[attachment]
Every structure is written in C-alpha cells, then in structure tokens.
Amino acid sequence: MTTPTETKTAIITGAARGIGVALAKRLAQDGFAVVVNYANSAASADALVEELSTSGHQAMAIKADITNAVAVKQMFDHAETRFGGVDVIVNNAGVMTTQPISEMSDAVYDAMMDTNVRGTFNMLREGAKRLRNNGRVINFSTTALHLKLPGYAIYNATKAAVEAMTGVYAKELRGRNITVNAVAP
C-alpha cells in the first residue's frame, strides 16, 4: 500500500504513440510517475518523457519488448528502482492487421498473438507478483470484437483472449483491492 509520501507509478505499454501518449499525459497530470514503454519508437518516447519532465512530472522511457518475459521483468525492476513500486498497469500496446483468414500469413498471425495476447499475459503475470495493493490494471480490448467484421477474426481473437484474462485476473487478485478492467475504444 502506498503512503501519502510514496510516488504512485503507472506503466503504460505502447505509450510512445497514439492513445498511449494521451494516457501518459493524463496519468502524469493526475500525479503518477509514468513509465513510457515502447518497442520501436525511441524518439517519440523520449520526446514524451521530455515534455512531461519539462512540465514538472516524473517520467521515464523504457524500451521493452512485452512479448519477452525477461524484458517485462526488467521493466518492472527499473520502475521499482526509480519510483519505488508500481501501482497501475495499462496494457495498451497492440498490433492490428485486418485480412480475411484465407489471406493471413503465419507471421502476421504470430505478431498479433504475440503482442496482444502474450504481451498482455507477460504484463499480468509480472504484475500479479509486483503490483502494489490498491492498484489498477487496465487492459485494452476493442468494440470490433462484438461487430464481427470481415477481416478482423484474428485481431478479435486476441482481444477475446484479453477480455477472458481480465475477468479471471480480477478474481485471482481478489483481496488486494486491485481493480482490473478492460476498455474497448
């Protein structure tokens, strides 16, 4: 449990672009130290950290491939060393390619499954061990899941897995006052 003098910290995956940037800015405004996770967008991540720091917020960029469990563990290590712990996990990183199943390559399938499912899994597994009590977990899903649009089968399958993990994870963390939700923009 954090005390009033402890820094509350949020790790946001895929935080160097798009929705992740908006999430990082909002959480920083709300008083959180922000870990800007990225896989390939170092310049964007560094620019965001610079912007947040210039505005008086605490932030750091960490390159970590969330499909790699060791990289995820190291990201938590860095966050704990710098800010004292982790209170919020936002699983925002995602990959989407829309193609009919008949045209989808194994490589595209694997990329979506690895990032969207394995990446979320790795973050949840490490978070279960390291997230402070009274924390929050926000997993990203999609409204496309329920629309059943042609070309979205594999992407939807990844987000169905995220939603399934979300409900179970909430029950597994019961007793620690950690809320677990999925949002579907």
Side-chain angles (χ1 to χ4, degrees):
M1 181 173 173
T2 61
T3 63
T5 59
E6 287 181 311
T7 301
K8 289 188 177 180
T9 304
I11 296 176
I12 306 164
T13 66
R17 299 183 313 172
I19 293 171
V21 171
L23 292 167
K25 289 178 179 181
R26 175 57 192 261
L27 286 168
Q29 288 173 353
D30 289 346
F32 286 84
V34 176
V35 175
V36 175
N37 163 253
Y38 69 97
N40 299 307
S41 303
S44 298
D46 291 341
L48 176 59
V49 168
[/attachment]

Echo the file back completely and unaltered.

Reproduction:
Every structure is written in C-alpha cells, then in structure tokens.
Amino acid sequence: MTTPTETKTAIITGAARGIGVALAKRLAQDGFAVVVNYANSAASADALVEELSTSGHQAMAIKADITNAVAVKQMFDHAETRFGGVDVIVNNAGVMTTQPISEMSDAVYDAMMDTNVRGTFNMLREGAKRLRNNGRVINFSTTALHLKLPGYAIYNATKAAVEAMTGVYAKELRGRNITVNAVAP
C-alpha cells in the first residue's frame, strides 16, 4: 500500500504513440510517475518523457519488448528502482492487421498473438507478483470484437483472449483491492 509520501507509478505499454501518449499525459497530470514503454519508437518516447519532465512530472522511457518475459521483468525492476513500486498497469500496446483468414500469413498471425495476447499475459503475470495493493490494471480490448467484421477474426481473437484474462485476473487478485478492467475504444 502506498503512503501519502510514496510516488504512485503507472506503466503504460505502447505509450510512445497514439492513445498511449494521451494516457501518459493524463496519468502524469493526475500525479503518477509514468513509465513510457515502447518497442520501436525511441524518439517519440523520449520526446514524451521530455515534455512531461519539462512540465514538472516524473517520467521515464523504457524500451521493452512485452512479448519477452525477461524484458517485462526488467521493466518492472527499473520502475521499482526509480519510483519505488508500481501501482497501475495499462496494457495498451497492440498490433492490428485486418485480412480475411484465407489471406493471413503465419507471421502476421504470430505478431498479433504475440503482442496482444502474450504481451498482455507477460504484463499480468509480472504484475500479479509486483503490483502494489490498491492498484489498477487496465487492459485494452476493442468494440470490433462484438461487430464481427470481415477481416478482423484474428485481431478479435486476441482481444477475446484479453477480455477472458481480465475477468479471471480480477478474481485471482481478489483481496488486494486491485481493480482490473478492460476498455474497448
């Protein structure tokens, strides 16, 4: 449990672009130290950290491939060393390619499954061990899941897995006052 003098910290995956940037800015405004996770967008991540720091917020960029469990563990290590712990996990990183199943390559399938499912899994597994009590977990899903649009089968399958993990994870963390939700923009 954090005390009033402890820094509350949020790790946001895929935080160097798009929705992740908006999430990082909002959480920083709300008083959180922000870990800007990225896989390939170092310049964007560094620019965001610079912007947040210039505005008086605490932030750091960490390159970590969330499909790699060791990289995820190291990201938590860095966050704990710098800010004292982790209170919020936002699983925002995602990959989407829309193609009919008949045209989808194994490589595209694997990329979506690895990032969207394995990446979320790795973050949840490490978070279960390291997230402070009274924390929050926000997993990203999609409204496309329920629309059943042609070309979205594999992407939807990844987000169905995220939603399934979300409900179970909430029950597994019961007793620690950690809320677990999925949002579907």
Side-chain angles (χ1 to χ4, degrees):
M1 181 173 173
T2 61
T3 63
T5 59
E6 287 181 311
T7 301
K8 289 188 177 180
T9 304
I11 296 176
I12 306 164
T13 66
R17 299 183 313 172
I19 293 171
V21 171
L23 292 167
K25 289 178 179 181
R26 175 57 192 261
L27 286 168
Q29 288 173 353
D30 289 346
F32 286 84
V34 176
V35 175
V36 175
N37 163 253
Y38 69 97
N40 299 307
S41 303
S44 298
D46 291 341
L48 176 59
V49 168